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In a Press Conference held early this week, Health Secretary Francisco Duque III stated that the factors which affected the seven neonatal sepsis deaths at the Rizal Medical Center (RMC) “strongly point to some degree of negligence”. He added that early onset newborn sepsis which resulted to the infants’ deaths “could not have been hospital acquired, the infection was really from the mothers.”

According to the joint medical team assigned to investigate the RMC neonatal sepsis case, the infants’ deaths were an “outbreak of highly fatal early onset newborn sepsis.’ He added that “mother-to-child transmission had occurred even before delivery.”

“Some ‘Degree of Negligence’ is not even an adequate description of what transpired in the delivery room of Rizal Medical Center (RMC) on the day of Oct. 4 , 2006. We are outraged by the attempts of the Department of Health to minimize the gravity of the neonatal sepsis deaths at the RMC.” Medical Action Group (MAG) Executive Director, Edeliza Hernandez said.

Hernandez added that although it is possible that the disease was incurred during the pre-natal stage of pregnancy, The question posed should not be who is the culprit behind the deaths, but rather are the Department of Health and Rizal Medical center , adequately equipped with the knowledge and facilities to prevent, treat and contain the disease?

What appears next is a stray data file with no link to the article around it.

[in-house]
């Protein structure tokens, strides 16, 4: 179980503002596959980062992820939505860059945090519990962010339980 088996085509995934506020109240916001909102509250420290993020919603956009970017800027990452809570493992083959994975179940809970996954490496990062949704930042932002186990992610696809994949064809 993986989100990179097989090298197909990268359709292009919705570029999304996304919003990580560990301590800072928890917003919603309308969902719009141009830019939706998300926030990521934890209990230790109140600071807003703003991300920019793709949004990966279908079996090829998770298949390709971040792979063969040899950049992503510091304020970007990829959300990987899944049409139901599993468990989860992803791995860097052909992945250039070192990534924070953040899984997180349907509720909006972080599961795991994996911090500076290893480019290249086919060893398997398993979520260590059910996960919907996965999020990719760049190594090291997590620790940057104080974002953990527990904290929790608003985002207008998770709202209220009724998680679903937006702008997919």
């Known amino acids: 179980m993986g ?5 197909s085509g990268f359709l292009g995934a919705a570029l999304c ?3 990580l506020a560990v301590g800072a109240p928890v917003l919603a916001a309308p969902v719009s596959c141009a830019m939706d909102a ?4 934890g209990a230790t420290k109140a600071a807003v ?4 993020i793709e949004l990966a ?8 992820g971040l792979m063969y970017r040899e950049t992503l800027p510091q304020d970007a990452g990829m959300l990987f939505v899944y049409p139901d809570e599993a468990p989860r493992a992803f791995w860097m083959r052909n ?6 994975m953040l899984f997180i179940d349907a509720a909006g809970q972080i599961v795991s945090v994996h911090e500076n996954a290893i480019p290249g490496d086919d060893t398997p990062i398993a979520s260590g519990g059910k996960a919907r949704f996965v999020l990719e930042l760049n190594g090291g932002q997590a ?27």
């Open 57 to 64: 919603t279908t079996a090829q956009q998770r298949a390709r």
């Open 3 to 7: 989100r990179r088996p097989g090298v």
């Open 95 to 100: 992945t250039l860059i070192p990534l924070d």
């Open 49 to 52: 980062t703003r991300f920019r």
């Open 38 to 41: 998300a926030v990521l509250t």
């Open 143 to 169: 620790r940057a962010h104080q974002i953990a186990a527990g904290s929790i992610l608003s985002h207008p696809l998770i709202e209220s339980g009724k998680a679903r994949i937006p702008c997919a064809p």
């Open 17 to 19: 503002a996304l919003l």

MAG also criticized the DOH for the apparent inadequacy in dealing with government and private hospital’s issues particularly in the RMC case saying, “As a health authority, DOH has the obligation and responsibility to regulate and monitor hospital standards. Why did DOH chose to keep silent when records showed that as early as last year, RMC’s cases of neonatal disease were alarmingly increasing?”

From January to October 2006 alone, data showed that 69 babies died at the Rizal Medical Center while 47 infants perished in the previous year. RMC’s cases of infants acquiring neonatal sepsis increased from 83 babies to 127 this year as based on the findings of the DOH joint medical team.

“The DOH executive committee’s consideration to extend the leave of absence or merely transfer the RMC officials to another institution will not resolve the issue. This move will merely serve as an evidence of DOH’s failure to penalize and impose sanctions to hospitals violating the patient’s rights to adequate health service. The Department should prioritize the indemnification of the victims’ families, not the whims of influential hospital administrators and officials.” Hernandez firmly stated.

In response to RMC’s statements that typhoon Milenyo remained one of the factors that affected the extent of the hospital’s service, Hernandez laments, “For a true health professional committed to the principles of the health industry, there is no excuse for providing the standard, if not the best possible treatment for patients. Not even a typhoon can hamper a medical professional’s oath of service.”